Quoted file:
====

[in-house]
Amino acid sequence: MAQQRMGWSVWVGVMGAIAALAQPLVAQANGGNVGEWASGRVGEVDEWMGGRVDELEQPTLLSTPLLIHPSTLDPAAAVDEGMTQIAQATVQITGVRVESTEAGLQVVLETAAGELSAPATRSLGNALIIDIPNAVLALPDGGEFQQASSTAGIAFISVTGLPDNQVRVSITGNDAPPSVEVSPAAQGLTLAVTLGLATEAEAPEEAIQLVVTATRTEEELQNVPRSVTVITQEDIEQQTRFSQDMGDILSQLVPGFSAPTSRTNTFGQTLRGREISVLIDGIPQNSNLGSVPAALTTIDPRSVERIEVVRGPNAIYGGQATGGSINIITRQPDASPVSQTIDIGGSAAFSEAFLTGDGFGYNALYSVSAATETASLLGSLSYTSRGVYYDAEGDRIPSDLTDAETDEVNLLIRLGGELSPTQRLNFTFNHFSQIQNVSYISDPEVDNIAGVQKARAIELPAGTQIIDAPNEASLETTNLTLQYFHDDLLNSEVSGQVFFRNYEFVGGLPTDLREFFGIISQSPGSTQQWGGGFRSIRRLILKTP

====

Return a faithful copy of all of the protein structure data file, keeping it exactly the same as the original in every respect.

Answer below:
[in-house]
Amino acid sequence: MAQQRMGWSVWVGVMGAIAALAQPLVAQANGGNVGEWASGRVGEVDEWMGGRVDELEQPTLLSTPLLIHPSTLDPAAAVDEGMTQIAQATVQITGVRVESTEAGLQVVLETAAGELSAPATRSLGNALIIDIPNAVLALPDGGEFQQASSTAGIAFISVTGLPDNQVRVSITGNDAPPSVEVSPAAQGLTLAVTLGLATEAEAPEEAIQLVVTATRTEEELQNVPRSVTVITQEDIEQQTRFSQDMGDILSQLVPGFSAPTSRTNTFGQTLRGREISVLIDGIPQNSNLGSVPAALTTIDPRSVERIEVVRGPNAIYGGQATGGSINIITRQPDASPVSQTIDIGGSAAFSEAFLTGDGFGYNALYSVSAATETASLLGSLSYTSRGVYYDAEGDRIPSDLTDAETDEVNLLIRLGGELSPTQRLNFTFNHFSQIQNVSYISDPEVDNIAGVQKARAIELPAGTQIIDAPNEASLETTNLTLQYFHDDLLNSEVSGQVFFRNYEFVGGLPTDLREFFGIISQSPGSTQQWGGGFRSIRRLILKTP